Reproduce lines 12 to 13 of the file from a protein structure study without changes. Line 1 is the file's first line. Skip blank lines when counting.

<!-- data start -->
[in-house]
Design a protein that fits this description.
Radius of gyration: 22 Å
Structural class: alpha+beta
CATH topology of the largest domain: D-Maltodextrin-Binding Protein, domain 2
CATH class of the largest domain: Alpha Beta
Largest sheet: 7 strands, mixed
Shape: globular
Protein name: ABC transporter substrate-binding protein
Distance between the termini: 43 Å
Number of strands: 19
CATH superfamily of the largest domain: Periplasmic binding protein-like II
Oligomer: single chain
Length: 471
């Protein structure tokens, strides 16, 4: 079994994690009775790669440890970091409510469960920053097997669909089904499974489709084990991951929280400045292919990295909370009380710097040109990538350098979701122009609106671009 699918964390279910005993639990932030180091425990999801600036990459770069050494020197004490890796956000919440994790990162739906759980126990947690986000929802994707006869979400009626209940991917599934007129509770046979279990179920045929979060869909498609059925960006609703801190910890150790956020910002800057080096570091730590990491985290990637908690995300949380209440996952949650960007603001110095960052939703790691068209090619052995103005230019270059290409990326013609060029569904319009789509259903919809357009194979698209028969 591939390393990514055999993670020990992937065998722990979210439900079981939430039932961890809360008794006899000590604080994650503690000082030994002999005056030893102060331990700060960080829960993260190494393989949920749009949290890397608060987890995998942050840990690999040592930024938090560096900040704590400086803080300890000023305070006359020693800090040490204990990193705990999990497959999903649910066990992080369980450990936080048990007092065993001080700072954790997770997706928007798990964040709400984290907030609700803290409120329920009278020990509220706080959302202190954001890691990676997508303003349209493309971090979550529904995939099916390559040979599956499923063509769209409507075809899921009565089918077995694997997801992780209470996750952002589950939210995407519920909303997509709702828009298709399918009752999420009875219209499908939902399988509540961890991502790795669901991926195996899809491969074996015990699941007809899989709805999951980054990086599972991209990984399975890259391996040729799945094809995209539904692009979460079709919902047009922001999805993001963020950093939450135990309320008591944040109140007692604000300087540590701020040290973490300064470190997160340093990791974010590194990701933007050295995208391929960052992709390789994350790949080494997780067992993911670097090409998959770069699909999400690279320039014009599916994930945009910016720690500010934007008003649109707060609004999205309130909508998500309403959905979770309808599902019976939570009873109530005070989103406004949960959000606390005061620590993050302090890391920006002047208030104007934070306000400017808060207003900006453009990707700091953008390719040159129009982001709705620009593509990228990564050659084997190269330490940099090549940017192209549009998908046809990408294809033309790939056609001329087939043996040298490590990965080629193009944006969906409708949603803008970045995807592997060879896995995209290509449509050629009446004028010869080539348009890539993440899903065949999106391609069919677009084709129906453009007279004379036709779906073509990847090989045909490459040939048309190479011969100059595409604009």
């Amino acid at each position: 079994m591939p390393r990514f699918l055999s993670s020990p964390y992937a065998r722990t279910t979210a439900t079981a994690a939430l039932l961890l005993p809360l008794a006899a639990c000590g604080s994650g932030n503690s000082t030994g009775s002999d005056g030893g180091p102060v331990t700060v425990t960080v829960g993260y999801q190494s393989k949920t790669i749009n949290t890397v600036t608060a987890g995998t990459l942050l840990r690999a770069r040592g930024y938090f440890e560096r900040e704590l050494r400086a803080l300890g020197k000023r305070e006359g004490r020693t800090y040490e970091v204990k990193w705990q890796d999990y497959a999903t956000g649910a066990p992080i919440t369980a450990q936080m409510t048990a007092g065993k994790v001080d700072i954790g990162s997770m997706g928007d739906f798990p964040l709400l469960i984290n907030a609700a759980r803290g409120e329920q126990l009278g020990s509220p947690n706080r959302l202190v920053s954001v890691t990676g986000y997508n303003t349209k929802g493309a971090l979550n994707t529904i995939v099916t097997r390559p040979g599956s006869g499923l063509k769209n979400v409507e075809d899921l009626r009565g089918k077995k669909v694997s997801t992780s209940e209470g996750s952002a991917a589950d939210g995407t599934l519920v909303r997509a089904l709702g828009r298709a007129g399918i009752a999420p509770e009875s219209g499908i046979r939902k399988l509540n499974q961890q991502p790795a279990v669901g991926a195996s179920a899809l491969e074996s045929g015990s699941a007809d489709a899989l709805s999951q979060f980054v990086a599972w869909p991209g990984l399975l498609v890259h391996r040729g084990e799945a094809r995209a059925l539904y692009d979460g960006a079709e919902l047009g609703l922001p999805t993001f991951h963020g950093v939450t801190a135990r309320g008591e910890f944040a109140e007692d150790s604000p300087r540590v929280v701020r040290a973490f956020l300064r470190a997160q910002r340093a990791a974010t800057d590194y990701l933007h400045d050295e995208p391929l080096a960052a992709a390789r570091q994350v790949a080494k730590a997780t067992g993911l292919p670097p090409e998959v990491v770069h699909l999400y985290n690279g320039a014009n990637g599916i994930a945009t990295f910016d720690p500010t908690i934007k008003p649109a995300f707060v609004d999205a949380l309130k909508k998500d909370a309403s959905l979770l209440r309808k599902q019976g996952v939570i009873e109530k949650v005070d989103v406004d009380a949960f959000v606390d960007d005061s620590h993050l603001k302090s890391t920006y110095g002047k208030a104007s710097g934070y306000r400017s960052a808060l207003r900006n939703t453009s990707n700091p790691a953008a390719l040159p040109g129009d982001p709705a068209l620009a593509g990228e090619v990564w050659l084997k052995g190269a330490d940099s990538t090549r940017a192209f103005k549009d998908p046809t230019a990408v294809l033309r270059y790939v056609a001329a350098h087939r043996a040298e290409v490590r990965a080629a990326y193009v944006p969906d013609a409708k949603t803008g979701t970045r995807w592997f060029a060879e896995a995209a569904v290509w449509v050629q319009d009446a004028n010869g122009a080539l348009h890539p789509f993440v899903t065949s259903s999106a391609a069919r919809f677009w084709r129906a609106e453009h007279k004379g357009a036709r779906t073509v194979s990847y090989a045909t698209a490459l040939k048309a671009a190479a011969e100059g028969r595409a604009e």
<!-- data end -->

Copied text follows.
CATH superfamily of the largest domain: Periplasmic binding protein-like II
Oligomer: single chain